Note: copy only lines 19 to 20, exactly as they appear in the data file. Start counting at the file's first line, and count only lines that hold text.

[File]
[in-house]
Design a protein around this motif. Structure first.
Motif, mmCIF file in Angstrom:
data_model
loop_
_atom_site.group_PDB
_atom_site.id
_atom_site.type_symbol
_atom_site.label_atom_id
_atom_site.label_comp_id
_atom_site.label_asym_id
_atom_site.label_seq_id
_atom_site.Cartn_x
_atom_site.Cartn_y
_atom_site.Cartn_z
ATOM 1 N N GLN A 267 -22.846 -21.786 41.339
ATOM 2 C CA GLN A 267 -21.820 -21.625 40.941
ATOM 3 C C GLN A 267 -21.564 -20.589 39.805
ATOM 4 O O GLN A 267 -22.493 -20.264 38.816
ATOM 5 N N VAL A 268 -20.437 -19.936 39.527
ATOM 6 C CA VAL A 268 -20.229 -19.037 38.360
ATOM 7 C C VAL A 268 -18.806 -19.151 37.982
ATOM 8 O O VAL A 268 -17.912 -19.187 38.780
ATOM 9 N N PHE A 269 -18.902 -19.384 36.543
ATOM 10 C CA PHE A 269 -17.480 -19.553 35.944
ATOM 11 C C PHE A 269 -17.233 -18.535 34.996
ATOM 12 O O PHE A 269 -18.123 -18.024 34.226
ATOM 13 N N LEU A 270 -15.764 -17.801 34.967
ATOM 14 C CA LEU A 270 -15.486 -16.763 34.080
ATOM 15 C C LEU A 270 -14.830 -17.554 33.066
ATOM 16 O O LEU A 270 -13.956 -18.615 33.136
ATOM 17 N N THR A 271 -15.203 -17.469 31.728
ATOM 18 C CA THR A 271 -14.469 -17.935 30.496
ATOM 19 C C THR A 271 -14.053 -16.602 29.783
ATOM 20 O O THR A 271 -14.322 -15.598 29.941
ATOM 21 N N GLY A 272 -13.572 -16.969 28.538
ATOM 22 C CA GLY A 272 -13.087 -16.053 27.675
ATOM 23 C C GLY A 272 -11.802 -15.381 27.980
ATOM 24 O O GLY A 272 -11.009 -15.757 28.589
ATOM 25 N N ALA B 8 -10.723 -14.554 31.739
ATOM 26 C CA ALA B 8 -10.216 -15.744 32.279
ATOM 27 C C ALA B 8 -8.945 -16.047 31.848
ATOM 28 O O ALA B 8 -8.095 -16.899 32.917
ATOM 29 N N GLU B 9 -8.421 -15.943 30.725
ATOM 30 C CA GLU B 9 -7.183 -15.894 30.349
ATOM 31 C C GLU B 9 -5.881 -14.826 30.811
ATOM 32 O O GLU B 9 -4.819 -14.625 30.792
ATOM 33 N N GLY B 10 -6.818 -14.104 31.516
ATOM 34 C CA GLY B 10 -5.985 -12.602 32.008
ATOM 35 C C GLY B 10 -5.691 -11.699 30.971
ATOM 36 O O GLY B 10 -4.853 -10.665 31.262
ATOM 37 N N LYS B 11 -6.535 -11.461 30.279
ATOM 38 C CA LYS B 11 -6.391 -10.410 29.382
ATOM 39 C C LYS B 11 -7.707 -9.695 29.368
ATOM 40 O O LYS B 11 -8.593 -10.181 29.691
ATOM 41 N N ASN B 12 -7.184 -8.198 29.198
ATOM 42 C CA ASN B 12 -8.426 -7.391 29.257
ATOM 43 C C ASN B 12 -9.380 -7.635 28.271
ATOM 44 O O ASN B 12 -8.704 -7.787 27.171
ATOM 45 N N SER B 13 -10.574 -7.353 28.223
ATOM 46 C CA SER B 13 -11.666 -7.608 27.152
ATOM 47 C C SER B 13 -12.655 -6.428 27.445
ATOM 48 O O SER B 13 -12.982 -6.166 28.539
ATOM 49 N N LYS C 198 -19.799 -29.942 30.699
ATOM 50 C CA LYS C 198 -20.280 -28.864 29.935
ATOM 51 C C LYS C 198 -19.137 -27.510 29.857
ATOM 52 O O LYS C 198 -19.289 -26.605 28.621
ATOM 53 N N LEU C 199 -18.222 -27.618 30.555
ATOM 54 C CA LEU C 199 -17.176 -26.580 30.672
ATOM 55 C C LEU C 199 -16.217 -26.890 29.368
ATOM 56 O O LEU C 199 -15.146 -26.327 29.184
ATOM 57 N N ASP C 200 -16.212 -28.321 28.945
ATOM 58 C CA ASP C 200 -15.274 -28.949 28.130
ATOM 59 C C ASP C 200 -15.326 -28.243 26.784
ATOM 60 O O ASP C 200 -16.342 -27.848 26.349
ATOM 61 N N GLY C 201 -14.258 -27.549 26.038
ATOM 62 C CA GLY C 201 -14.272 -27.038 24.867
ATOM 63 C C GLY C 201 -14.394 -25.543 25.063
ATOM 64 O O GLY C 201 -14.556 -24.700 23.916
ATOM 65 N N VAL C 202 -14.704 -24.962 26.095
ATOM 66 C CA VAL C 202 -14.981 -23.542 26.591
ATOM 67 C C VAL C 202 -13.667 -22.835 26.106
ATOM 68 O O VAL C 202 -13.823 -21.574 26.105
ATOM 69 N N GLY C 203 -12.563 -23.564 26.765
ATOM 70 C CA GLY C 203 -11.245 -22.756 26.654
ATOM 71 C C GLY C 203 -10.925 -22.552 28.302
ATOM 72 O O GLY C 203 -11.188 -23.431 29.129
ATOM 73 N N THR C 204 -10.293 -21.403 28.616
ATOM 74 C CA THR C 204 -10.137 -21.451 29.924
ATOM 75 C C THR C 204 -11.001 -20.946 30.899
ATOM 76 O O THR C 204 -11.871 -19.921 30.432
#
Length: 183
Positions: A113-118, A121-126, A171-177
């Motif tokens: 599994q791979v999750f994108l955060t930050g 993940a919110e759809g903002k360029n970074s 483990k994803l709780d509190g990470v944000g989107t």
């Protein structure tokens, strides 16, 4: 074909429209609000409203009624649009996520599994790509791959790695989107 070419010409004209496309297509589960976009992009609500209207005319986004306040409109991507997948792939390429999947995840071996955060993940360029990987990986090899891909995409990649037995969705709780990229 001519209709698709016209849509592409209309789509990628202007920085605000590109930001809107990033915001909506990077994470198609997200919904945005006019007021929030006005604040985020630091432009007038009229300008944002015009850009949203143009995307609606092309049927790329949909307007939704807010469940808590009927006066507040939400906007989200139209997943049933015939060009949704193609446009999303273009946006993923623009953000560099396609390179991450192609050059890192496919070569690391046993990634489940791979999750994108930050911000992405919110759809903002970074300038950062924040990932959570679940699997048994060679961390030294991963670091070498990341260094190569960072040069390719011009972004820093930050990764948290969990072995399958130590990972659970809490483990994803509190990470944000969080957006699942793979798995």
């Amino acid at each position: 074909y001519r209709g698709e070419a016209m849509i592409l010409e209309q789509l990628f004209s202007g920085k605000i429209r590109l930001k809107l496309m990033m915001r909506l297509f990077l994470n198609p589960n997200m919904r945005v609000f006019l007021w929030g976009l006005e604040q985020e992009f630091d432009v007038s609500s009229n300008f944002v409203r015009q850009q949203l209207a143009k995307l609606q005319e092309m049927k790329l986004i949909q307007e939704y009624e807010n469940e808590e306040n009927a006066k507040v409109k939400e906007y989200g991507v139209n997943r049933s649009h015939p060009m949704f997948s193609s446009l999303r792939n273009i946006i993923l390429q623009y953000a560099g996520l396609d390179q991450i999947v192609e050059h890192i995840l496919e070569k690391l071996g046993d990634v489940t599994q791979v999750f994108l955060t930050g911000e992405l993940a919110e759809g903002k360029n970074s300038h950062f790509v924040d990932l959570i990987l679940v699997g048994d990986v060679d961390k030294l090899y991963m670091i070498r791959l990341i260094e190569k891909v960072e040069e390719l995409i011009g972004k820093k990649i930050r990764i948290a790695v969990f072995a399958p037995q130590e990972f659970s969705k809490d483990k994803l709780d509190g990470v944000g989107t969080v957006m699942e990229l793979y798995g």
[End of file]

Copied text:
ATOM 4 O O GLN A 267 -22.493 -20.264 38.816
ATOM 5 N N VAL A 268 -20.437 -19.936 39.527